• Melo Acuna

GDP drops to lowest ebb in four decades

Philippine economic performance drops 16.5 percent in Q2, now into technical recession

MANILA – The country’s Gross Domestic Product (GDP) growth rate dropped by at least 16.5 percent in the Second Quarter (April to June) this year said to be the lowest recorded quarterly growth from 1981 series.

In a statement released Thursday mid-morning, the Philippine Statistics Authority identified the main contributors to the decline were Manufacturing, 21.3 percent, Construction, -33.5 percent, and Transportation and Storage, 59.2 percent.

National Statistician Clair Dennis S. Mapa said it was only Agriculture, forestry and fishing which increased with 1.6 growth while Industry decreased by 22.9 percent and Services decreased by 16.8 percent.

On the expenditure side, major items that declined were Household Final Consumption Expenditure (HFCE) with 15.5 percent, Gross Capital Formation (GCF) 53.5 percent, Exports, 37.0 percent and Imports, 40 percent. Incidentally, the Government Final Consumption Expenditure (GFCE) achieved positive growth of 22.1 percent.

Net Primary Income (NPI) from the Rest of the World declined by 22.0 percent and Gross National Income (GNI) dropped by 17.0 percent.

The COVID-19 pandemic and the correspondent national government’s response through lockdown and strict quarantine measures affected the country’s 3conomic performance.

Philippine Chamber of Commerce and Industry President Ambassador Benedict V. Yujuico said Moody’s Analytics estimated an 8 percent contraction for Q2.

“BSP Governor Benjamin E. Diokno said 10-15% contraction would be tolerable. As President Trump would say ‘It is what it is,’” he said in statement sent to this writer. He said he cautioned PCCI members not to expect that Q3’s and Q4’s numbers would be significantly better.

“Now the announcement is negative 16.2%. Many believe that number is even understated as he referred to US numbers). The reality os that lockdowns address medical concerns not solve economic problems. Unless people are allowed to work and the economy opened, no economic improvement should be expected,” he further explained.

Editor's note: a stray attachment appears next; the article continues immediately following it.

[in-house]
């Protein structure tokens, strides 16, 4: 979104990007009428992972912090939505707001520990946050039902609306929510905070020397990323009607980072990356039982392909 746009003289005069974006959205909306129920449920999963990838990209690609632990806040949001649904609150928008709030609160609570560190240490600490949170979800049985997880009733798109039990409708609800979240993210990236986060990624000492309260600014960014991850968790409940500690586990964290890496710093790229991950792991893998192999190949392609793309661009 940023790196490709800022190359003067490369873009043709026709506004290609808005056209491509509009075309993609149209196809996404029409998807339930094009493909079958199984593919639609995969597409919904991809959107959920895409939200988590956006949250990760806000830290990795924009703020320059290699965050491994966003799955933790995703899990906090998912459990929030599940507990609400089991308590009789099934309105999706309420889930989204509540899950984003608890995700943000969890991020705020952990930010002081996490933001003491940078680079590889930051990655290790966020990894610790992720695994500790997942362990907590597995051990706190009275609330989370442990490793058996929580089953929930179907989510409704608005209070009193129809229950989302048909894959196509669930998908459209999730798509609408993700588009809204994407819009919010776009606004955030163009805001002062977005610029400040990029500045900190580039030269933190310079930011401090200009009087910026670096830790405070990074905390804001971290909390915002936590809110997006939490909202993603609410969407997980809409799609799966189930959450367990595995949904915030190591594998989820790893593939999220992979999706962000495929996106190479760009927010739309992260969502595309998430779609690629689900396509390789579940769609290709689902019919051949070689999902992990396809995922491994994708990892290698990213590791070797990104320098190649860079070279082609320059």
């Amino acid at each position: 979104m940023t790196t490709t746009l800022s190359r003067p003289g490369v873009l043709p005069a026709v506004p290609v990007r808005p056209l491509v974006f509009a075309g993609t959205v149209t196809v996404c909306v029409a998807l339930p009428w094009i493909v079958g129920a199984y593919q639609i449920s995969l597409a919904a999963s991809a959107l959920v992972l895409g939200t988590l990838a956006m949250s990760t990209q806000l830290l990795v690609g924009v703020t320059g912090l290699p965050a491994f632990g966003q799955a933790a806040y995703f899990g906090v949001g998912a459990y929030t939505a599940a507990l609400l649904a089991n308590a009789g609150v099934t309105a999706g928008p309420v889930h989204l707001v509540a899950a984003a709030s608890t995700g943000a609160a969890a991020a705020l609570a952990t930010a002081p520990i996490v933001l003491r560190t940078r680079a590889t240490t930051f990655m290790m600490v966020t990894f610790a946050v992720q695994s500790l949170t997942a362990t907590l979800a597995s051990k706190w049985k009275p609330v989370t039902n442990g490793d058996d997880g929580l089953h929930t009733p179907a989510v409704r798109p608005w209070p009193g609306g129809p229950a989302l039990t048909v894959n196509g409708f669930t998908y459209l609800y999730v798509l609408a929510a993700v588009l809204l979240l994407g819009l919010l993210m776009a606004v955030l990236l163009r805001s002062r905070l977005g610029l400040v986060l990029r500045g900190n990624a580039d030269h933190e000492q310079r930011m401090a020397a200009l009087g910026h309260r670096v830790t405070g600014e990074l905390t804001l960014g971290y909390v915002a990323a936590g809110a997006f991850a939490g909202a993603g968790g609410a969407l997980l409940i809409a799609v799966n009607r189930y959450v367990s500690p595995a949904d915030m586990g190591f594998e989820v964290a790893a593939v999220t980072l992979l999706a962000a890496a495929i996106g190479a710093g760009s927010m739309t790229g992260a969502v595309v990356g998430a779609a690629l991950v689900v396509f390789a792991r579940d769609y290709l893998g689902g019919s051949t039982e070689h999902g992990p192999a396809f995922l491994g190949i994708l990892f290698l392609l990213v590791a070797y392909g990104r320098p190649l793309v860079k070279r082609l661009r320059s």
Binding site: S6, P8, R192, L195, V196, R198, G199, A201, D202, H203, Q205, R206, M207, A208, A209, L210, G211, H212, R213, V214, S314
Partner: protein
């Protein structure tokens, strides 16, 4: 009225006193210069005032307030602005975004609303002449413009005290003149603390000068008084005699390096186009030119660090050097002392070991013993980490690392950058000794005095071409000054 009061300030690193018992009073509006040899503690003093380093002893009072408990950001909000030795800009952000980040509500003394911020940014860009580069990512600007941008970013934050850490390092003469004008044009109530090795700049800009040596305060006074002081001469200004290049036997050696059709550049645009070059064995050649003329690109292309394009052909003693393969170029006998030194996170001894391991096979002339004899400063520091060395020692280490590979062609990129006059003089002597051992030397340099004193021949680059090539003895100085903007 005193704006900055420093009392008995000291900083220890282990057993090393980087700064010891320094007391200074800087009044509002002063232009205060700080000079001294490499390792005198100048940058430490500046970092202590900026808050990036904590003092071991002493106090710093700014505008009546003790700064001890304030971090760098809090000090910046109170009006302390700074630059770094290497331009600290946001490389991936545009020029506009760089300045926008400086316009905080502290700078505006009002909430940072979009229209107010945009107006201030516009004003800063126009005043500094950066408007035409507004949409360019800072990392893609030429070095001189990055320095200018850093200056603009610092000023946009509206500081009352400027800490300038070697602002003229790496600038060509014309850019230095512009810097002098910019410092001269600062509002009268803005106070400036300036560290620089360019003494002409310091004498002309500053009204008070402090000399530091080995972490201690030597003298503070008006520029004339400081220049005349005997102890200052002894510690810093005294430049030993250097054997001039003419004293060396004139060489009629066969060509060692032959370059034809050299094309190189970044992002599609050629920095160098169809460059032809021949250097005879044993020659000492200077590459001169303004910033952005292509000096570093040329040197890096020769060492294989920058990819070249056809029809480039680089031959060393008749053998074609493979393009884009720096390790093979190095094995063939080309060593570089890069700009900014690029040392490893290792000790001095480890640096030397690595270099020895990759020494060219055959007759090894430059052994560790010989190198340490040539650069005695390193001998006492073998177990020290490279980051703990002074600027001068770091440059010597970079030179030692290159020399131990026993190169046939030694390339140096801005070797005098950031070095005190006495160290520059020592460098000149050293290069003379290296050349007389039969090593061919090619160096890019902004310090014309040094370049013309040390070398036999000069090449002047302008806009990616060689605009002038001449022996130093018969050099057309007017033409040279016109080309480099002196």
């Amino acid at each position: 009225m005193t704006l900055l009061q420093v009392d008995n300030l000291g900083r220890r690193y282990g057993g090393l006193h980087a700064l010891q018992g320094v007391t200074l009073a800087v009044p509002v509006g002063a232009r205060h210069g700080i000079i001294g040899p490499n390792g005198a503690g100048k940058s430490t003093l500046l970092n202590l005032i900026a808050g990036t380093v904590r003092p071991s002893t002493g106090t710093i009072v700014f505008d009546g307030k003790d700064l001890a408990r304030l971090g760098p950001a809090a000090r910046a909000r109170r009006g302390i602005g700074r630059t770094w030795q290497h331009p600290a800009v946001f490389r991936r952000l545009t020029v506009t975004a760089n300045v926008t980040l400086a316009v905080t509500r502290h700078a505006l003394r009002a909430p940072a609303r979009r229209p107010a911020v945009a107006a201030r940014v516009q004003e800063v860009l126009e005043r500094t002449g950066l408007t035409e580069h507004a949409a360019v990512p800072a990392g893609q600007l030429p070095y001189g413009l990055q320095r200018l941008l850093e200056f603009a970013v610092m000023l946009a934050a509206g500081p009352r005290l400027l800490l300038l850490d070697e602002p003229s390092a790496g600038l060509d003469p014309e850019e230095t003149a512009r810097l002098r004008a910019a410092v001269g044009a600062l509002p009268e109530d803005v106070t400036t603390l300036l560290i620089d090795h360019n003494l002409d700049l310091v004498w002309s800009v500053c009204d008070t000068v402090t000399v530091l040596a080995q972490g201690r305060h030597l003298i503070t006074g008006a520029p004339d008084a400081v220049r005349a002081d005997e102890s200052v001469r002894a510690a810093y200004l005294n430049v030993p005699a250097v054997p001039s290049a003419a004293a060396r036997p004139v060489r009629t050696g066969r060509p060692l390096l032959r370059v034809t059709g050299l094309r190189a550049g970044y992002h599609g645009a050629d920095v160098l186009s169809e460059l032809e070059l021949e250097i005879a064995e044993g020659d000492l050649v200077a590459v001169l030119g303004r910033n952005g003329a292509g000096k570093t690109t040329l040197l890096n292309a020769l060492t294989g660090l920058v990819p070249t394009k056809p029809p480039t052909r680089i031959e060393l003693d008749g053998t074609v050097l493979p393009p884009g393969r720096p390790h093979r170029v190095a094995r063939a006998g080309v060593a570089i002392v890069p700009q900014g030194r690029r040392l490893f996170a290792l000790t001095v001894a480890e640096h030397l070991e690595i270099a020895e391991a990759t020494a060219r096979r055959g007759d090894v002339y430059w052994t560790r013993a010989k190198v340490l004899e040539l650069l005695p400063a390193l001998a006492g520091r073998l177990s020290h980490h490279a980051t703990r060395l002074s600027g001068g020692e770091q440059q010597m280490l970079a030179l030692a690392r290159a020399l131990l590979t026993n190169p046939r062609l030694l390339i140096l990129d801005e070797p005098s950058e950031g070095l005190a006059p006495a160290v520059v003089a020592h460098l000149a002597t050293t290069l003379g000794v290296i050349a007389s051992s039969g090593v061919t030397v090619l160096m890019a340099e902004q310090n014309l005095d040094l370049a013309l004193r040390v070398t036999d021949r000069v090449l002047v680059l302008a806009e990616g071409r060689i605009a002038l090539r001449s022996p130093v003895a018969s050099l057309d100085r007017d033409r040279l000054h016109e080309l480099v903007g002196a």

BSP Governor Benjamin E. Diokno said technical recession may become a reality should there be two consecutive quarters with negative growth rates.

IBON executive director Sonny Africa said the Duterte administration is to blame for the worst economic collapse in the country’s recorded history.

“Growth falling to -16.5% in Q2 from 5.4% in the same period last year is an unprecedented 21.9 percentage point drop,” he said. He explained all southeast Asian countries recorded their first cases of COVID-19 within weeks of each other around the end of January. The Duterte government’s incompetent response has made us not just the sickest country but also the weakest economy in the region,” Africa said.

Africa compared the country’s second quarter performance with other ASEAN countries, and said Singapore had 12.6%, Indonesia, -5.3%, Vietnam, 0.4% while Thailand and Malaysia have not released their official estimates though protected around -10 to -13%.

He attributed the pandemic’s worst impact due to the government’s slow, poor and incompetent response. He ;pointed out to the country’s “smallest COVID-19 response package in the region as monitored by the International Monetary Fund.

Africa added the government’s refusal to extend financial assistance to poor households as they kept harping about the creditworthiness and “more irrelevant BBB infrastructure offensive” aggravated by the lack of a meaningful recovery plan.

He said the Bayanihan 2 worth P140 billion is barely 0.7% of GDP.

“They even deceitfully bloat this by claiming P40 billion in corporate tax breaks of TRAIN2 which is also known as CREATE as a stimulus measure,” Africa added. He projects it may take two years or more for the country’s economy to return to the pre-COVID-19 era.

Asked of his projections to get out of the sorry situation, Africa said the government should contain the virus not by lockdowns but by rational testing, tracing and isolation, as well as extending financial assistance to improve household welfare and boost aggregate demand and sup)port for Filipino MSMEs with cheap credit and enterprise support.

“We initially estimate a P1.5 trillion recovery and reform package worth 7.7% of GDP is needed,” Africa concluded. (Melo M. Acuña)


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